Residents of Chellanam who were shifted to a relief camp at St. Mary’s High School in the wake of flooding caused by Cyclone Ockhi are continuing their relay fast in protest against the lack of a firm assurance from the administration to construct a seawall along the 17.5-km coastal stretch which is expected to protect the villagers from the vagaries of the sea.
The agitating residents, united under the Chellanam Janakiya Samiti, waylaid former Chief Minister Oommen Chandy and Congress leaders when they arrived at the camp on Friday, the fifth day of protest.
“Our strike is apolitical, and our sole aim is to get the authorities to take measures to prevent coastal erosion and seawater incursion. So, we only allowed Mr. Chandy to enter the school campus along with local MLAs Hibi Eden and Dominic Presentation. Others like Benny Behanan, MLA, and district Congress president T.J. Vinod had to wait outside. They held discussions with those on fast and were prevented from addressing people. We did the same when P.C. George, MLA, visited the other day,” Jerwin Joseph, Janakiya Samiti convenor, said.
Addressing the media outside, Mr. Chandy said he fully endorsed the demand of the cyclone-battered people. The previous UDF government had initiated a ₹110-crore project, but the tendering process had to be cancelled thrice owing to lack of response, he said, adding that he would now take up the matter with the Chief Minister and the Finance Minister.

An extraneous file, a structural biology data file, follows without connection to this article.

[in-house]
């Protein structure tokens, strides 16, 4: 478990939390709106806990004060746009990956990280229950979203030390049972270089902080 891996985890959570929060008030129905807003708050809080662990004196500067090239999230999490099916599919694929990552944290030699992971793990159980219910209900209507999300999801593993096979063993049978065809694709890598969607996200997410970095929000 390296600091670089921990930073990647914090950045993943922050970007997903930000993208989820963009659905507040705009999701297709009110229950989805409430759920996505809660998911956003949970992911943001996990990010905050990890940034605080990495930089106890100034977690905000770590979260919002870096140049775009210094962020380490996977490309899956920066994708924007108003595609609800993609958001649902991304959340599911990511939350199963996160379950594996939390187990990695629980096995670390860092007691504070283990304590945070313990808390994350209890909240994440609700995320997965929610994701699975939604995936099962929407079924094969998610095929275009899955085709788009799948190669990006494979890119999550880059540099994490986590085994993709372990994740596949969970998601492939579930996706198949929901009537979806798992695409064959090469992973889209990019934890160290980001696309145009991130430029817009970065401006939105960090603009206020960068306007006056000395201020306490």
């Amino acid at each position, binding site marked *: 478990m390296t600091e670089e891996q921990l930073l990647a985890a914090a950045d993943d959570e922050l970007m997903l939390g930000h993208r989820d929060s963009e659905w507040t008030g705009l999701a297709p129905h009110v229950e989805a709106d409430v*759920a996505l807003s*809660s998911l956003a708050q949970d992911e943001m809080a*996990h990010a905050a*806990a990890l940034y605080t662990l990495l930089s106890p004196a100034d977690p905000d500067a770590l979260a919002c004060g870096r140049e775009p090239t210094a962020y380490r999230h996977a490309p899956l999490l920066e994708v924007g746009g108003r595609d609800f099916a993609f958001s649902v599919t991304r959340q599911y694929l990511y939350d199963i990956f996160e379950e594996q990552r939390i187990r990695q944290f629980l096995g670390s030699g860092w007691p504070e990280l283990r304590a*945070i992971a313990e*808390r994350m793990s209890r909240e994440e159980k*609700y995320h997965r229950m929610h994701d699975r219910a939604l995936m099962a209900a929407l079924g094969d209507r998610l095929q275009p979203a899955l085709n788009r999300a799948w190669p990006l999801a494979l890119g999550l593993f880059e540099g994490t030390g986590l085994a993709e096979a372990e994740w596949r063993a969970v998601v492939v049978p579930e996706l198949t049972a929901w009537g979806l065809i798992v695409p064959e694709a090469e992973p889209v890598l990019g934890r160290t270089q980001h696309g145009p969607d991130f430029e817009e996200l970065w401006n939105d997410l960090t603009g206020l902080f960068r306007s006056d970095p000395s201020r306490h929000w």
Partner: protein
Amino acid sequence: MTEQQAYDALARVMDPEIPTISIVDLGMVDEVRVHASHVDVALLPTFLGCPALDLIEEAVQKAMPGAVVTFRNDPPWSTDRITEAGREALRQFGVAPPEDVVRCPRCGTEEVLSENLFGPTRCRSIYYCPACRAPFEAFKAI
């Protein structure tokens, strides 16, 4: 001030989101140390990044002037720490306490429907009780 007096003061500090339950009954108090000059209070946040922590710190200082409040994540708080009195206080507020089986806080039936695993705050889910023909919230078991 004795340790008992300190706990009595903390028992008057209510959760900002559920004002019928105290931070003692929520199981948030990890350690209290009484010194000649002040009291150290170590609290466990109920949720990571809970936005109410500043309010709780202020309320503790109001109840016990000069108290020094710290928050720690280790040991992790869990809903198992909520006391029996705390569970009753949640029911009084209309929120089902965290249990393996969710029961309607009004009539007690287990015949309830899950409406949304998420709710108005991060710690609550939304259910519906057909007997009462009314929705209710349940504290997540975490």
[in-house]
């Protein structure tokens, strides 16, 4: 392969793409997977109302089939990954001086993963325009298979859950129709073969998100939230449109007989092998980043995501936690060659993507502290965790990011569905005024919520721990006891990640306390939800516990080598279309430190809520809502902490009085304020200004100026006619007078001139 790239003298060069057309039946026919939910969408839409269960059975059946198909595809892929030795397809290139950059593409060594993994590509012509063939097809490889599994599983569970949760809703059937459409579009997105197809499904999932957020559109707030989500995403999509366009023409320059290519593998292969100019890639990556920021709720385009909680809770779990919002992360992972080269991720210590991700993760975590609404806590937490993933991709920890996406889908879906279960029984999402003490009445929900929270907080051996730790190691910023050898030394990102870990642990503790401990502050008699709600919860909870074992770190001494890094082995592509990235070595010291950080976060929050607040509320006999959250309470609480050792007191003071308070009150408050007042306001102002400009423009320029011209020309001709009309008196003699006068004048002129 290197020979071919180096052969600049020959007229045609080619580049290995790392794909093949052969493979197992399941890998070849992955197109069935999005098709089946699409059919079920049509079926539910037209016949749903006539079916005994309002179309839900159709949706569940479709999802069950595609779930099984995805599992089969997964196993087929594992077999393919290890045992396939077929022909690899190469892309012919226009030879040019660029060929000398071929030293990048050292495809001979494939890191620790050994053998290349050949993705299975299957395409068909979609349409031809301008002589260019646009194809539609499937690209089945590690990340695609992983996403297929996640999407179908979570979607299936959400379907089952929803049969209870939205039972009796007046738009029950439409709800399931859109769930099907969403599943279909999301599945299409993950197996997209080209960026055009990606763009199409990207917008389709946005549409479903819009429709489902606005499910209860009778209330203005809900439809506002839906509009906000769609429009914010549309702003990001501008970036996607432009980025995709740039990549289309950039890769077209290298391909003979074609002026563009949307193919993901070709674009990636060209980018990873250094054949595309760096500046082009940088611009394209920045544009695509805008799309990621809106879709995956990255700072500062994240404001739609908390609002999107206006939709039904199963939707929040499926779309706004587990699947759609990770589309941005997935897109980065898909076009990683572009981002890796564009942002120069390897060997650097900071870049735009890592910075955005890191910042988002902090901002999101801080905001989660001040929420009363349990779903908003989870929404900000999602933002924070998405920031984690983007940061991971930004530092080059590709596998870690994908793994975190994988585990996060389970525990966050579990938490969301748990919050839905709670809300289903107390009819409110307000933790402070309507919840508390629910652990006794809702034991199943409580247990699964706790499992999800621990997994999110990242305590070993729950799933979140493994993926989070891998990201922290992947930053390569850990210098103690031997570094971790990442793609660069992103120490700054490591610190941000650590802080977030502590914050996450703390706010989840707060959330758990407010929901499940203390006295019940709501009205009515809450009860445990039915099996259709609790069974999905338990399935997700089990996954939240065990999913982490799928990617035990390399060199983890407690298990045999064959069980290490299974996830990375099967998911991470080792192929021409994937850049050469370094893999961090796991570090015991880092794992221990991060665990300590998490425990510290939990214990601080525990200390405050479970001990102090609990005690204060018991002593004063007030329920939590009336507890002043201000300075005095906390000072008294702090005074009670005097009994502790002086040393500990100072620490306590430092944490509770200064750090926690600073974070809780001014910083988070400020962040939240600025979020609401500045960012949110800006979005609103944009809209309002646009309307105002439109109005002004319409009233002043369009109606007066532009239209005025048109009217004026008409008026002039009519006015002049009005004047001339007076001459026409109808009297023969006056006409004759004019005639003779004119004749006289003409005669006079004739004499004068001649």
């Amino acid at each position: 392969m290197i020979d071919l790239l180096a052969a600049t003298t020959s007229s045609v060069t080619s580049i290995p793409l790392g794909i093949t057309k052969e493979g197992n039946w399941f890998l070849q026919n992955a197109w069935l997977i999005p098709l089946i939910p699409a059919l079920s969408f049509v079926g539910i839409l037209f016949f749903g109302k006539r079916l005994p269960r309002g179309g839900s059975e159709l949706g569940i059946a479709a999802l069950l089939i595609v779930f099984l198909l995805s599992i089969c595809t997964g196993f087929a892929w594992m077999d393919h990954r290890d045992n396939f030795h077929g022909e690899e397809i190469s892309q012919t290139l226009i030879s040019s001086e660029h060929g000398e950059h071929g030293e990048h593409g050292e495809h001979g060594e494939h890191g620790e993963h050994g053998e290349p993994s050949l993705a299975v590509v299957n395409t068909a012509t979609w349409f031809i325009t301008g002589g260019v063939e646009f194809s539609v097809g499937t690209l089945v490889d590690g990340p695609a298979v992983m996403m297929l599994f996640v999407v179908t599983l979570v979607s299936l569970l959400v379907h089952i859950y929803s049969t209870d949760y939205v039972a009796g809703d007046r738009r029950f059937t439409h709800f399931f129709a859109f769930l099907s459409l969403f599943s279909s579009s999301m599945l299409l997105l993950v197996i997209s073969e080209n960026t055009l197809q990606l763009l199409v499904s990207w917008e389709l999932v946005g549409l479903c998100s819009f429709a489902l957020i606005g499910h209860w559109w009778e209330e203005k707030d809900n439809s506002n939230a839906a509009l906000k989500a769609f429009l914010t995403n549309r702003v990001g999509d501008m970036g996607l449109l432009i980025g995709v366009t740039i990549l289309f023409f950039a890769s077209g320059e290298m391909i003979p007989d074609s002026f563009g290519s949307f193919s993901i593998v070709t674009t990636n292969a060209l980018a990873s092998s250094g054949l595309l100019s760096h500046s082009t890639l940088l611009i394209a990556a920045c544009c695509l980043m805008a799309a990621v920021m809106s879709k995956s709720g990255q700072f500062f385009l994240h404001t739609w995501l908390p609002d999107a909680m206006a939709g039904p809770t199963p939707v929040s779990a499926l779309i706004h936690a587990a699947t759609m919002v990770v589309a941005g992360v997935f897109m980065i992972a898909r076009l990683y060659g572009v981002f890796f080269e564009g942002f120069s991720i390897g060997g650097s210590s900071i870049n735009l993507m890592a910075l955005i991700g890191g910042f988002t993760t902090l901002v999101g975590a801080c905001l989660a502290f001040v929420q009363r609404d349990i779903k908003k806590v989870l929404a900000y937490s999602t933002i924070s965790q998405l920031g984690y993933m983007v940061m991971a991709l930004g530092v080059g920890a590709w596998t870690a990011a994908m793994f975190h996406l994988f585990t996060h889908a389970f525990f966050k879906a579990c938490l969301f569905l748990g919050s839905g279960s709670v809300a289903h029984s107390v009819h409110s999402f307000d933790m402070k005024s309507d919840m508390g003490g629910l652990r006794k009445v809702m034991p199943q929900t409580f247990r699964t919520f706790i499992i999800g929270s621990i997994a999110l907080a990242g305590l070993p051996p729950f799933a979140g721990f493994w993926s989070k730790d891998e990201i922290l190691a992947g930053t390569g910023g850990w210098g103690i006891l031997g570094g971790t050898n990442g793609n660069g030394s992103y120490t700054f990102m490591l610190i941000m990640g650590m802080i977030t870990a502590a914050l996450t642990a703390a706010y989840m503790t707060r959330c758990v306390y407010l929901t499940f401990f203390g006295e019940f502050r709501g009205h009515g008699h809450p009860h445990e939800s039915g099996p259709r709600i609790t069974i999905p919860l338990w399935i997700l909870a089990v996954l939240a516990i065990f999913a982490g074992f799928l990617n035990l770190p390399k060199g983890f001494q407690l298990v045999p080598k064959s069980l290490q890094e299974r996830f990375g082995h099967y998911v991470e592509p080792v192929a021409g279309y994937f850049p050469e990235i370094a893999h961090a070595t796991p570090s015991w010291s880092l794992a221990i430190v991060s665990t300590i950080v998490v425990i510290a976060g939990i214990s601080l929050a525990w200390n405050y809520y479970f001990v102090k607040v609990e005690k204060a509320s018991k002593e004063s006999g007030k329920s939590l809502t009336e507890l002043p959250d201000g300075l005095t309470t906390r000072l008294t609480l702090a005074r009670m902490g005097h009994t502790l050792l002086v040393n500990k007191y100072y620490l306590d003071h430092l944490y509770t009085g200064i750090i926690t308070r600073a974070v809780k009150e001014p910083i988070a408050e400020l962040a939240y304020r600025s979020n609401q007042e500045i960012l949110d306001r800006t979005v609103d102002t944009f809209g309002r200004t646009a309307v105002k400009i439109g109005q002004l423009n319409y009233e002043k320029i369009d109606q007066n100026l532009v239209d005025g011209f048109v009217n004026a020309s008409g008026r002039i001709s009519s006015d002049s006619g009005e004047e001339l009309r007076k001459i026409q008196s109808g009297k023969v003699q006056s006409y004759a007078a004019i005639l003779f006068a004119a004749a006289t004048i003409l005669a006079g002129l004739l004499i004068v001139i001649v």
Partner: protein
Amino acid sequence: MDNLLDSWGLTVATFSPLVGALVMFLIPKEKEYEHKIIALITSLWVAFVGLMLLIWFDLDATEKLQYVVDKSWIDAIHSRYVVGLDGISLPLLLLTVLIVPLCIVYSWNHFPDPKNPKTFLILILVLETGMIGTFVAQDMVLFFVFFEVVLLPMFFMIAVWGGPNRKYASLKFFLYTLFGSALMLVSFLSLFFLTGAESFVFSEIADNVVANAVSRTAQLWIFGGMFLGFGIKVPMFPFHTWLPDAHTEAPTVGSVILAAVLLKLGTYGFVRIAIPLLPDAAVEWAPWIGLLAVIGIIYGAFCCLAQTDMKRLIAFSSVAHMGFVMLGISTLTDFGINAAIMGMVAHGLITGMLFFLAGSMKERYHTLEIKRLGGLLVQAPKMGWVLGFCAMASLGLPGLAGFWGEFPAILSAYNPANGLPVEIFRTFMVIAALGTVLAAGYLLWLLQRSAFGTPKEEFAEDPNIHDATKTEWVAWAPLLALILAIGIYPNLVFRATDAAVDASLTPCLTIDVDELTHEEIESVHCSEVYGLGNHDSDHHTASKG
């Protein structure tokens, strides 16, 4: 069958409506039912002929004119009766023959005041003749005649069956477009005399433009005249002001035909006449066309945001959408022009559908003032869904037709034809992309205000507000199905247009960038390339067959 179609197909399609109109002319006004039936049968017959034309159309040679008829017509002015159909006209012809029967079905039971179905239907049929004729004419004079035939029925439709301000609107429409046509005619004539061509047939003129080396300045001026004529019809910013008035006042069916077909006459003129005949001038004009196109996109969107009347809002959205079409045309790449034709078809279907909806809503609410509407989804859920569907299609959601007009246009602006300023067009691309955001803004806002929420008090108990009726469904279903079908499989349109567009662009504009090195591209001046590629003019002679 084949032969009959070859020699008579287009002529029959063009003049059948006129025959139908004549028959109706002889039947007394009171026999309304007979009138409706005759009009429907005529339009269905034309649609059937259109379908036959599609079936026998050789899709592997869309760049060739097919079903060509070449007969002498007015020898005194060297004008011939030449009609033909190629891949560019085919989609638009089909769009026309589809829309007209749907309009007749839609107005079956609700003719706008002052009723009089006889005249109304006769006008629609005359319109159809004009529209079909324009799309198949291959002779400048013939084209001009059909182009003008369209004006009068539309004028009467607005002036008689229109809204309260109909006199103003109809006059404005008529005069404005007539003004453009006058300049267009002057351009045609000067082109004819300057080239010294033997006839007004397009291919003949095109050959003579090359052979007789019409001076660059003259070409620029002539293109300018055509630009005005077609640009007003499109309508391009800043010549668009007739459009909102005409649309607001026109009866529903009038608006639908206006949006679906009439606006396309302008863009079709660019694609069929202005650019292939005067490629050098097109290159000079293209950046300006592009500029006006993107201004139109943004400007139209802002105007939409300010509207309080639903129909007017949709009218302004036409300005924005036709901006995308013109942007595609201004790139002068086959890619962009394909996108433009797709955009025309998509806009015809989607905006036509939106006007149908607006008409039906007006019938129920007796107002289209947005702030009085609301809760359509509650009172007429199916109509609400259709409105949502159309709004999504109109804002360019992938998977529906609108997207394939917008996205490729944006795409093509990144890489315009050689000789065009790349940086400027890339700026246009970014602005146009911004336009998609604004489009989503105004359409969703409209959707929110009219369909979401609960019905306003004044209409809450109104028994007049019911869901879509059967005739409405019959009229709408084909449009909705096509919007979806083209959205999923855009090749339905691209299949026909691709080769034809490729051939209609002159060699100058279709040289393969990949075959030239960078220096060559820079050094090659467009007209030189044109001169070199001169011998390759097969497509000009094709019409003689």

Mr. Joseph, however, said the blacklisting of a contractor in the wake of alleged irregularities had led to other contractors staying off the project.
“We don’t want any private contractor to carry out the work. Don’t we have numerous government agencies capable of doing it?” he asked.
Meanwhile, some 300-odd people, including a group of nuns, representatives of the church, and locals, will observe fast on the sixth day of the protest on Saturday.
Meanwhile, BJP district president N.K. Mohandas demanded urgent assistance for the cyclone-affected people of Chellanam. Locals, evacuated to the relief camp, are not able to return to their houses, as stormwater drains and toilets at most houses sustained irreparable damage due to mud and sediment deposit, he said.